Abbotsford bowler brings home gold and silver at World Games

19-year-old Austin Johnston took home medals in three-of-four events.

Austin Johnston

Austin Johnston of Abbotsford didn’t think he would win anything at the 2015 Special Olympics World Summer Games, let alone achieve three podium finishes.

The 19-year-old bowler earned two silver medals in the doubles and team events before taking gold in his respective singles division last Friday in Los Angeles.

“I was pretty happy [to] win silver, but would have liked to win gold,” said the ambitious Olympian following his doubles and team events.

His goal — and gold — was obtained the following day when he beat out the three other Canadian bowlers grouped in his division. Johnston tallied a score 38 points higher than Jake Huff of Okanagan Falls, B.C., who finished in second.

Athletes in every sport and event are grouped by age, gender, and ability in what the Olympics terms “divisioning,” which gives everyone a reasonable opportunity to win, thereby enhancing the Games’ competitiveness.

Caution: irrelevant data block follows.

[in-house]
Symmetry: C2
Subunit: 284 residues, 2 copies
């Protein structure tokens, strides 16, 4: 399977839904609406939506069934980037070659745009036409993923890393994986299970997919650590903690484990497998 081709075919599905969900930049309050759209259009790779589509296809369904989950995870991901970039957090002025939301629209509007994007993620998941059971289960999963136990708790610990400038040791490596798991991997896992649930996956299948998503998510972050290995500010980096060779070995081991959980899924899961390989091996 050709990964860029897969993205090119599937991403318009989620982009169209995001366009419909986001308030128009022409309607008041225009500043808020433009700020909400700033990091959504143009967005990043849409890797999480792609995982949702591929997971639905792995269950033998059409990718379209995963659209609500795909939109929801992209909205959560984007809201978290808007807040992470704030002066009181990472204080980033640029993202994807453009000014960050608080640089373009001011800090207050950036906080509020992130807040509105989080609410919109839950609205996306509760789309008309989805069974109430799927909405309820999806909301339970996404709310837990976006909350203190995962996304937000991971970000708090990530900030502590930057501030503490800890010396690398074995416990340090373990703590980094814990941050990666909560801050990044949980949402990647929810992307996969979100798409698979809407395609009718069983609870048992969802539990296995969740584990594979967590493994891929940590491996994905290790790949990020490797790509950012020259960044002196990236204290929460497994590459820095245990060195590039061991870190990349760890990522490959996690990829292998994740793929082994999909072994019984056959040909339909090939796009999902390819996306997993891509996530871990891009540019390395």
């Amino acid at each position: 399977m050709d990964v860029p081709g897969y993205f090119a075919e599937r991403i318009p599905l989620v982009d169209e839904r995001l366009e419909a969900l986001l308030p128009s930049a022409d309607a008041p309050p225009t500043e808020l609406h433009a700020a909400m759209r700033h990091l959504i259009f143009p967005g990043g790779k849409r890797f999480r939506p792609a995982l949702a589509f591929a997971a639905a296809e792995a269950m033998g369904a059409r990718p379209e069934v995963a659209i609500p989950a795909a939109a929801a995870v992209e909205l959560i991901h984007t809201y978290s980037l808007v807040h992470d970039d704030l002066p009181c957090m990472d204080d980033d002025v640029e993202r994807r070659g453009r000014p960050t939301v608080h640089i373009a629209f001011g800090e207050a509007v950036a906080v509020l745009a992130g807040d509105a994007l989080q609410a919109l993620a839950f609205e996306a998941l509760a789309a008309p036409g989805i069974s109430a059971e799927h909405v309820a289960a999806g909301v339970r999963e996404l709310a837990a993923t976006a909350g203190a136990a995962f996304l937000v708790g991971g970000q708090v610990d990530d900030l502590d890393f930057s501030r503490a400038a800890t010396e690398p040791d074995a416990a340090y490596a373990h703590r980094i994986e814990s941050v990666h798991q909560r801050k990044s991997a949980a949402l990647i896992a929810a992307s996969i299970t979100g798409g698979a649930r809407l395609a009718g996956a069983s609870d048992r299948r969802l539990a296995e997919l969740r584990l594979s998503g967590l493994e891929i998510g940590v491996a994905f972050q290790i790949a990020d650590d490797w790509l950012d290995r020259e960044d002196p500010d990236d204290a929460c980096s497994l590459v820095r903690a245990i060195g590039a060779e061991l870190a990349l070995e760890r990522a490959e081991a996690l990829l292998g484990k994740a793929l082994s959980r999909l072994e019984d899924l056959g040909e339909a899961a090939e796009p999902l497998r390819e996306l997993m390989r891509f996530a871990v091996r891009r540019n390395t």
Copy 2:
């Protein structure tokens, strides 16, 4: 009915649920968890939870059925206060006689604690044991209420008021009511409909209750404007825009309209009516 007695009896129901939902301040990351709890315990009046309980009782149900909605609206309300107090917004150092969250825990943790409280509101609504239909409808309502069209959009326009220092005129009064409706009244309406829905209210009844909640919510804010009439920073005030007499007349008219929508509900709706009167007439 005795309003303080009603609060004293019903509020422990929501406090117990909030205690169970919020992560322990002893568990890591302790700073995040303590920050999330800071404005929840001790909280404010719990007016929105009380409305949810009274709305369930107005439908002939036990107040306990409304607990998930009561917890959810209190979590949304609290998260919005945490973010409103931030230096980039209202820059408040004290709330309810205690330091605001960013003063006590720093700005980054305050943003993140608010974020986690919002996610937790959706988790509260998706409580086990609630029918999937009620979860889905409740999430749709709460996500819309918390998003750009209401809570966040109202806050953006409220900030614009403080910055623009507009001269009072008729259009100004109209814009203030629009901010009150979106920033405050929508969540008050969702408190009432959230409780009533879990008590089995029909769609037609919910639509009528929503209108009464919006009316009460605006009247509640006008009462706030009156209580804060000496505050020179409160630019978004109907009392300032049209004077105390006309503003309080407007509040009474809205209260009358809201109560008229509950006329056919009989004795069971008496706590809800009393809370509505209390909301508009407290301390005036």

This was Johnston’s first World Games, and he said he was enjoying talking to friends and meeting new people.

He credits his family for much of his success, as they’re always there to support him. His mom, grandma and sister, were with Johnston in L.A., where the World Games took place from July 25 to Aug. 2.

In the doubles bowling category, Johnston partnered with Carlos Villafuerte of Alberta. The two faced off against Aruba in the finals on July 28, losing 811-774.

In the team category, Johnston partnered with Linda Renner, Karalyn Summer and Villafuerte. They lost to a fellow Canadian contingent in the finals.

Abbotsford’s Mike Palitti took part in the track and field event and picked up gold in the 4×400 relay. Tom Norton, the recipient of the 2015 Howard Carter Award, also attended the World Summer Games as one of six coaches for the track and field team. Local Chris Hamilton, along with coach Vince Astoria, and the Canadian soccer team finished in fourth place in the five-a-side event.

Team Canada was a force to be reckoned with, bringing home a record-breaking 144 medals (70 gold, 48 silver and 26 bronze) along with countless personal bests.

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